More From Moon

Note: Jason Moon sent the following letter to the Oshkosh Northwestern. He forwarded a copy to Commentary.-Tony Palmeri

February 25, 2003

I’m a little confused about all the negative feedback I’ve received pertaining to the Feb 3rd article about me and the ensuing responses in your editorial section. I state that I don’t want to participate in the slaughter of innocent women and children and they label me a pacifist. When I say that I would feel remorse and regret for killing a conscripted child soldier I’m told I don’t belong in the military. When I agree and respond that I won’t be reenlisting, I’m called a hypocrite, a coward, and a waste of government money. Mr. Capobianco apparently believes that the estimated 1 million Iraqi’s who have died because of our twelve years of sanctions are somehow Saddam Hussein’s fault. Then there’s the hate mail and now someone has stolen an anti-war sign off my front porch. So let me try to make this a clear as I possibly can.

I would never do anything to put the lives of my fellow soldiers at risk. I will follow every order I’m given, without hesitation, to the best of my ability, even if that order entails me taking the life of an enemy soldier. Apparently that’s not enough for some people. It’s not enough that I will, for the service of my country, go against everything I believe and take the life of another human being. I’m supposed to be happy about it. I’m supposed to want to kill, maybe even enjoy it. I’m supposed to be a blood thirsty killing machine full of nothing but hatred and rage, feeling no sympathy or remorse for my action. I’m very sorry, but I can not do that. I do not hate the people of Iraq. When I think about killing an enemy soldier I wonder, does he hate me? Or is he like me, just following orders? Does he have a wife waiting patiently at home? Does he have a son, like me, who will now grow up without a father? What about his mother, his father, his family, and all the pain and suffering I will have caused them. If I could convince myself that this war was for a good cause it may alleviate some of my regret. However, we all know that this war has nothing to do with helping the people of Iraq and everything to do with controlling their oilfields.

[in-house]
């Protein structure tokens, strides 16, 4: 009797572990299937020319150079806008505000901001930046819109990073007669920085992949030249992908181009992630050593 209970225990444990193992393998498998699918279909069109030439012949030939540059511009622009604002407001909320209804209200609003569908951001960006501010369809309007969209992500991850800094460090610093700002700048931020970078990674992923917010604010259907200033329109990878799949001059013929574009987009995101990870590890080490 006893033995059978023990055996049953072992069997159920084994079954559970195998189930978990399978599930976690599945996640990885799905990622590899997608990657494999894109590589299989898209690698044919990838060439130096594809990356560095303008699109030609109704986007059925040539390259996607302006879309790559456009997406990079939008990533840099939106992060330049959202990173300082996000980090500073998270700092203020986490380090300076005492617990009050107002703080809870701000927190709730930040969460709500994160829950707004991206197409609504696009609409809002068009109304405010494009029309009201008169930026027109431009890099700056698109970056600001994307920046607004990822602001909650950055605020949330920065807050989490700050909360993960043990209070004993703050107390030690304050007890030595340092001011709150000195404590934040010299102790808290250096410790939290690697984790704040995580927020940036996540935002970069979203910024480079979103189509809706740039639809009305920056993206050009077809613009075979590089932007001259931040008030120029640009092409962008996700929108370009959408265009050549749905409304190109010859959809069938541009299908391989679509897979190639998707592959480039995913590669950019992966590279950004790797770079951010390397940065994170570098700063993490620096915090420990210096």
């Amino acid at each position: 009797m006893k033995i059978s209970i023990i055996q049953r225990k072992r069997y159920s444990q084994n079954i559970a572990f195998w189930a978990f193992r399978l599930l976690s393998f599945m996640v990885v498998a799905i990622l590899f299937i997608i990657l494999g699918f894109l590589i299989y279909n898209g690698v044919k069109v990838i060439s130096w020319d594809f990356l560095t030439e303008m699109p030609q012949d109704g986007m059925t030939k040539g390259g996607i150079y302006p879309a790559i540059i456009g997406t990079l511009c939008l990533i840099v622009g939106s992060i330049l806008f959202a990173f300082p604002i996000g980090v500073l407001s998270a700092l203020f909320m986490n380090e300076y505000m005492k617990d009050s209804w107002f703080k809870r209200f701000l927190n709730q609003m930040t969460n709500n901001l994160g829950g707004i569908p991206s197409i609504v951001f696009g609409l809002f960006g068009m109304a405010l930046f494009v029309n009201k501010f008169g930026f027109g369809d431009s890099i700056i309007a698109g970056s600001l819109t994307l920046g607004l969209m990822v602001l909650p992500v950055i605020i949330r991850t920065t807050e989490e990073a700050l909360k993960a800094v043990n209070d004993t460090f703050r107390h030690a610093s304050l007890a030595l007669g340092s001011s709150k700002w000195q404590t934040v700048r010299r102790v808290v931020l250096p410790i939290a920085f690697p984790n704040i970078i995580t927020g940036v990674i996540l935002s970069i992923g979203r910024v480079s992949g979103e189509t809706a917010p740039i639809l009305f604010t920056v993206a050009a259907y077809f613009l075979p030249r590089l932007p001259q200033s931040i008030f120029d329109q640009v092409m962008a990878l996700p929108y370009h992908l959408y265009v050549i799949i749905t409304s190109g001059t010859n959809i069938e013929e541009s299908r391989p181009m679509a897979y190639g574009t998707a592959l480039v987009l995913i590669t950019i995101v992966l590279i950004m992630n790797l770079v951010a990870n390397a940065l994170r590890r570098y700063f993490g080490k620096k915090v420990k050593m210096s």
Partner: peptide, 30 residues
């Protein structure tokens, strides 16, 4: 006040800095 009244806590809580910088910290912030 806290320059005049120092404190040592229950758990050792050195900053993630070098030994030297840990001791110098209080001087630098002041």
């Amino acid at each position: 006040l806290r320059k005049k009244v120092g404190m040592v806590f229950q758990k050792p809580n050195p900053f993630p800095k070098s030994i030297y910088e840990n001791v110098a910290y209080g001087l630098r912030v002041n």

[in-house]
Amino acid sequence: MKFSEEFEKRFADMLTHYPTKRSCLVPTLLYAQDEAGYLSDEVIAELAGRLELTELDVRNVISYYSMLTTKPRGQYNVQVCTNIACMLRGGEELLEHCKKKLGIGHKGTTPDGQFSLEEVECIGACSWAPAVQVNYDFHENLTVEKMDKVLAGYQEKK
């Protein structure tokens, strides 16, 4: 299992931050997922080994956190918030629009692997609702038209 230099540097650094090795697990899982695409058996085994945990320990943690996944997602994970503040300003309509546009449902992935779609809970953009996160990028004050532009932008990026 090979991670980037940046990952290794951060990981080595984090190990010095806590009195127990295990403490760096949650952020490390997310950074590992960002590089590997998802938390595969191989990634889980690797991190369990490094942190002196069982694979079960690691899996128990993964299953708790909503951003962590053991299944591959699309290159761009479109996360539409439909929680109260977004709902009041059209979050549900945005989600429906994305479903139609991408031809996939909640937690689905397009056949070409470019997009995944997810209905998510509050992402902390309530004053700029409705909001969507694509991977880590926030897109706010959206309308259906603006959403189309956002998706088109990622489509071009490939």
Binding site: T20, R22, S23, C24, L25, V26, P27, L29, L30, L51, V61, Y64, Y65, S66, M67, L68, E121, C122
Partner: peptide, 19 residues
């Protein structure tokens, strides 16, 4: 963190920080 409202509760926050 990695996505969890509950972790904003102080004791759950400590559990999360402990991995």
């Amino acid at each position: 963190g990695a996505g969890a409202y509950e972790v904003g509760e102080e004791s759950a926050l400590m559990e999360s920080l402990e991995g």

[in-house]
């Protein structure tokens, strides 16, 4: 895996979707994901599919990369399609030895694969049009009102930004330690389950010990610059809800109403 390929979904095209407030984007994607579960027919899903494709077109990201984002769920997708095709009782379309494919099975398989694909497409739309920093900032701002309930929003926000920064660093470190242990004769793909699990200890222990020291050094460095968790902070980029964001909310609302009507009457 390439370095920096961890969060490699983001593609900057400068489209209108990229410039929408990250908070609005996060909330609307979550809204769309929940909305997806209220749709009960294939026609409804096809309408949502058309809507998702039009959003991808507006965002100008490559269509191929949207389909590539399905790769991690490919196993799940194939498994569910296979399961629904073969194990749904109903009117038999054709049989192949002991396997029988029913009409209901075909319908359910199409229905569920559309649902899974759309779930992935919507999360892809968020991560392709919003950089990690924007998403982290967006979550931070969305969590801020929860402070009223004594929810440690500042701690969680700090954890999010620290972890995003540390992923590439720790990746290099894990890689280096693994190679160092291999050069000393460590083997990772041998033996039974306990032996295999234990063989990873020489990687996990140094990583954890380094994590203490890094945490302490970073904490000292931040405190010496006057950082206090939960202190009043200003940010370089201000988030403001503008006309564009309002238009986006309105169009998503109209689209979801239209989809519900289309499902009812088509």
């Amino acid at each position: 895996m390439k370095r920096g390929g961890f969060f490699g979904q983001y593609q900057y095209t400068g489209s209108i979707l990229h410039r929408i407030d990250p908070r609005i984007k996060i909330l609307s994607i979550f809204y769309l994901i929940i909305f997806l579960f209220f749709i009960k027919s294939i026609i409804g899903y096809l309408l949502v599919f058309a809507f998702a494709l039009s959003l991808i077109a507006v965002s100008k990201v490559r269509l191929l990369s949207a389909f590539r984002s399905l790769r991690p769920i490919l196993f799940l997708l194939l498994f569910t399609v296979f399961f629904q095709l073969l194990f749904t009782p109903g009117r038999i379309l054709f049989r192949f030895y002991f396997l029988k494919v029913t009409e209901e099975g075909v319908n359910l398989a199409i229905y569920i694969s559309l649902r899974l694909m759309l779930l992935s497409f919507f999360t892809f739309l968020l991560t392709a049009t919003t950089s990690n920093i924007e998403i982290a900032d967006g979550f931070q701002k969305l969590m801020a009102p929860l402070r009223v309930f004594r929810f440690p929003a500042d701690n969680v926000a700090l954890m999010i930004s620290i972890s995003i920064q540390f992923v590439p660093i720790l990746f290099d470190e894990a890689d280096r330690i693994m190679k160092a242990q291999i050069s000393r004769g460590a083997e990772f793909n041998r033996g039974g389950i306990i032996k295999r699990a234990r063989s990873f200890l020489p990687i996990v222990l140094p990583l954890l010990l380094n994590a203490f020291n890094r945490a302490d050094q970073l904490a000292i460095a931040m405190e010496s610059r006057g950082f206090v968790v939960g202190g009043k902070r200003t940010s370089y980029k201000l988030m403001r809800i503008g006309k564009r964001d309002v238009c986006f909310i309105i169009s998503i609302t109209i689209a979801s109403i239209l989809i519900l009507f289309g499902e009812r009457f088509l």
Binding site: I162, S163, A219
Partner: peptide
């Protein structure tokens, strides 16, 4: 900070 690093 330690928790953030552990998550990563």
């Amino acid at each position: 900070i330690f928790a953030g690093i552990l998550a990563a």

My fellow Christian soldiers assure me that, because god is always on the side of America, we will be granted amnesty from our action during combat. Unfortunately for me, the law of karma does not understand “just following orders.” None the less, I will, if my country asks, fight, kill and die. But I will not do it out of hatred, and I will deeply regret every single ounce of suffering that I create. If this makes me a bad soldier and a bad American, then so be it. At least I can find comfort in this; most soldiers who fight in a war lacking popular support, such as Vietnam, must wait until they return home before they are greeted with disrespect. I am lucky; I don’t have to wait until I get home, for you have already begun to spit on me, even before I’ve boarded the plane.


Spc Moon, Jason R.